Therese Park

Workloads of Working Mothers


Since 1970's, the number of working moms have multiplied in the United States, statistics show. Though women still make significantly less than men in the same fields, the number of women seeking fulfillment in life besides being a mom and homemakers will steadily grow.

"Motherly duties" is such a simple, vague term compared to the wide variety of tasks a young mother has to accomplish daily. After a full day at work, she's a chauffeur taking her kids to library or birthday parties or a piano lesson or baseball practice. She is also a nurse tending her little "patients" with a fever or a tummy ache; a judge settling arguments between siblings and pronouncing "timeout!"; a tutor nagging about homework or poor report cards. Most of all, she's a healer who dries tears and soothes pain with a warm hug and kiss.
At work, she wants to do more than her share so that her "motherly duties" wouldn't dent her professionalism.

I've been there. In early 1970's, I was a cellist with the late Kansas City Philharmonic and a mother of three young daughters, all under four. Often, I wondered why God didn't grant me two pairs of strong arms and weight lifting abilities, so that I could carry my twins, hold hands with my three―year―old, and carry a diaper bag at the same time.

Mornings were difficult. With three small children, a hundred things can go wrong, even if you line up their clothes, socks, and shoes and are ready to go the previous night. One baby can have a fever, the other diarrhea, and your three year old might cry because she wasn't in the mood to be dragged out of the house and dropped off at her preschool.

On a good day when all goes smoothly, you drop off your three―year―old at preschool and the twins at the babysitter, but you're not free. On the way to the Music Hall for a rehearsal you hear their cries echo through your head. If you didn't forget the sheet music you had checked out to practice, you're lucky. If you wore decent clothes without milk and baby food stains all over, congratulate yourself. Forgot to feed yourself breakfast? Oh well, missing one meal wouldn't kill you.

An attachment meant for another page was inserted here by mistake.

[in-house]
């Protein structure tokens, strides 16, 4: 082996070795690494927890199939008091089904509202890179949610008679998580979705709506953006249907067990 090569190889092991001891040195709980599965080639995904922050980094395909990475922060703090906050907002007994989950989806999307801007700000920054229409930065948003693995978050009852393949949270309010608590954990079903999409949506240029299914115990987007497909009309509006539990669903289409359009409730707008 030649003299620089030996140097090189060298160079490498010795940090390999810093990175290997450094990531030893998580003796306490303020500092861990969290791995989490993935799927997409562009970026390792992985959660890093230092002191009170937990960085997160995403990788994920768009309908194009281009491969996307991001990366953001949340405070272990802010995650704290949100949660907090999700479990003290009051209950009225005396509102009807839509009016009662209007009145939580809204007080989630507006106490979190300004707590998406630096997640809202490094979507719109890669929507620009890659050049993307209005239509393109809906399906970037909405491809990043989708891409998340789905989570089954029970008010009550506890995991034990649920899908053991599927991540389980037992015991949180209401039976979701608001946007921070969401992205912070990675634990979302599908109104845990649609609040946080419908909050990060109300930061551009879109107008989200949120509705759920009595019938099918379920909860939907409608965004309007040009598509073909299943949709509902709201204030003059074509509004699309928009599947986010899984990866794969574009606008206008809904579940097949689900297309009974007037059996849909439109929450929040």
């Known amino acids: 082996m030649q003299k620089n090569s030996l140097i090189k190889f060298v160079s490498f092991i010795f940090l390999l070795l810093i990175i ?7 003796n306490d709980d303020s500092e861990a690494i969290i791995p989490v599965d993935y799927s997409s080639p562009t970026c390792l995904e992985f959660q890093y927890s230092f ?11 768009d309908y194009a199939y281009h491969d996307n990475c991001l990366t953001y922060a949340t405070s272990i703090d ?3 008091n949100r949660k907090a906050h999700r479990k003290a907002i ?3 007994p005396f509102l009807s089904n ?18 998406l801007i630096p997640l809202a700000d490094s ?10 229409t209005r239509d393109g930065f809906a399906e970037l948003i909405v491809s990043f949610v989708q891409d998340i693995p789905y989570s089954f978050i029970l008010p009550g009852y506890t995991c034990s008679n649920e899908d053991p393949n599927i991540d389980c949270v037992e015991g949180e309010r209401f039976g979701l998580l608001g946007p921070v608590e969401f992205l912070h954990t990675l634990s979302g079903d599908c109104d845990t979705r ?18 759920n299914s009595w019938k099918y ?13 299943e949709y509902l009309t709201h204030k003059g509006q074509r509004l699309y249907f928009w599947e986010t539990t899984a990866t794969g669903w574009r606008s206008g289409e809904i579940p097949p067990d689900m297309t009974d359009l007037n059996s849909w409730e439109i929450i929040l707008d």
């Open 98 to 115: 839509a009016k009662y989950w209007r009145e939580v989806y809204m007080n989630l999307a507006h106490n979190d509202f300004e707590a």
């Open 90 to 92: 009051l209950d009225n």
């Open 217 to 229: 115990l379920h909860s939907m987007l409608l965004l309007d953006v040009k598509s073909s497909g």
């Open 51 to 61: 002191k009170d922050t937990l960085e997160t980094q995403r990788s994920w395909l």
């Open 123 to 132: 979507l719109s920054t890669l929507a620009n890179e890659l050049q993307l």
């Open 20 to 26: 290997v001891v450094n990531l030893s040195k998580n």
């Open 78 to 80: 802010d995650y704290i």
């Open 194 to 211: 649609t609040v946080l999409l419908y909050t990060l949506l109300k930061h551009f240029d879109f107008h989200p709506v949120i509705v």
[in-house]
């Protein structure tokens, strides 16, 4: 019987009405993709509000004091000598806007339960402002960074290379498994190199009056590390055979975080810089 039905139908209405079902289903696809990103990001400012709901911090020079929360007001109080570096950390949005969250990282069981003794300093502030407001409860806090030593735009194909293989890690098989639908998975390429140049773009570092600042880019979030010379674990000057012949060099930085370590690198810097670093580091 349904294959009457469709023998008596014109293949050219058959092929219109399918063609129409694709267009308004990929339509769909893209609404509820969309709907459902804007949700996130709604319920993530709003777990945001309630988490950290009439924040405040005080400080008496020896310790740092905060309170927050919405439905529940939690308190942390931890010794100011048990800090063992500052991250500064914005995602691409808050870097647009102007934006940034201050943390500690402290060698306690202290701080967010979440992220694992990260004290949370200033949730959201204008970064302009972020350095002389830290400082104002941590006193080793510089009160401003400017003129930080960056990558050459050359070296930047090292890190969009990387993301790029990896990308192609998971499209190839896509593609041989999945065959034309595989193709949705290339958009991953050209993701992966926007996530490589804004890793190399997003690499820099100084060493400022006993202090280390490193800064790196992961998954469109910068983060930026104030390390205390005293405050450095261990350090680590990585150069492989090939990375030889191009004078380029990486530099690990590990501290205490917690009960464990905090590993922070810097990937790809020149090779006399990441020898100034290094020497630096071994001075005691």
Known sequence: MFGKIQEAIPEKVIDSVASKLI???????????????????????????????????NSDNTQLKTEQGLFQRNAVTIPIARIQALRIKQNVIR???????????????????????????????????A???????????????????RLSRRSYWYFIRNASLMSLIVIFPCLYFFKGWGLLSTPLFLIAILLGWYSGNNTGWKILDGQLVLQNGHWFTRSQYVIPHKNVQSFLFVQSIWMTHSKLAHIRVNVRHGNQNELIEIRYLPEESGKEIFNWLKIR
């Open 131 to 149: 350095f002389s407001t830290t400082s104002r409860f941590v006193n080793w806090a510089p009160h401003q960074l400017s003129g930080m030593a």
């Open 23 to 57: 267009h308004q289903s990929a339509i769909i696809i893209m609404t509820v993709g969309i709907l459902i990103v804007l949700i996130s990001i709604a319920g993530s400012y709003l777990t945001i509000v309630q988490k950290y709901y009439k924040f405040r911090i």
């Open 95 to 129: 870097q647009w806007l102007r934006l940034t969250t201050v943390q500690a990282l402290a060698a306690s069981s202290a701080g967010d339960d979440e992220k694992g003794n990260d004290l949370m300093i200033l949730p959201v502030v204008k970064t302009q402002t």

When the rehearsal ends and you pick up your little ones, one from preschool, two from the babysitter, you're as happy as a hen sitting on her eggs. But this is the time you worry about laundry, grocery shopping, doctor's appointments, and what to feed them for dinner. No matter how hard you worked that day or how many miles you drove, as you sit on the stage at the Music Hall, in your long black, behind your cello, there's always the nagging voice that says that you have not done enough.

Even after nearly four decades since those nearly impossible days, I still have recurring, stress―related dreams.

I speed on the freeway like a gust of wind for the eight o'clock concert, but as soon as I enter the Music Halll, the concert has begun without me. I tiptoe to the backstage, hoping I might be able to sneak onto the stage when the conductor wasn't looking, without disturbing my colleagues. But when I open my cello case at my usual spot it's empty! No cello means no playing! Calm down, I tell myself. This isn't the end of the world. The personnel manager shows up from nowhere and clicks his tongue. "Late again," he says. "The fine for a tardy is 5% of your weekly salary. It's in the contract!"

When I wake up I'm grateful for the fact that my children are now adults raising their own.

It is a known fact today that happy hens lay healthy eggs and happy cows produce more nutritious milk than unhappy ones. Working mothers' emotional state directly affects that of their young children. Employers and managers, don't be hard on the moms under your wings.

END






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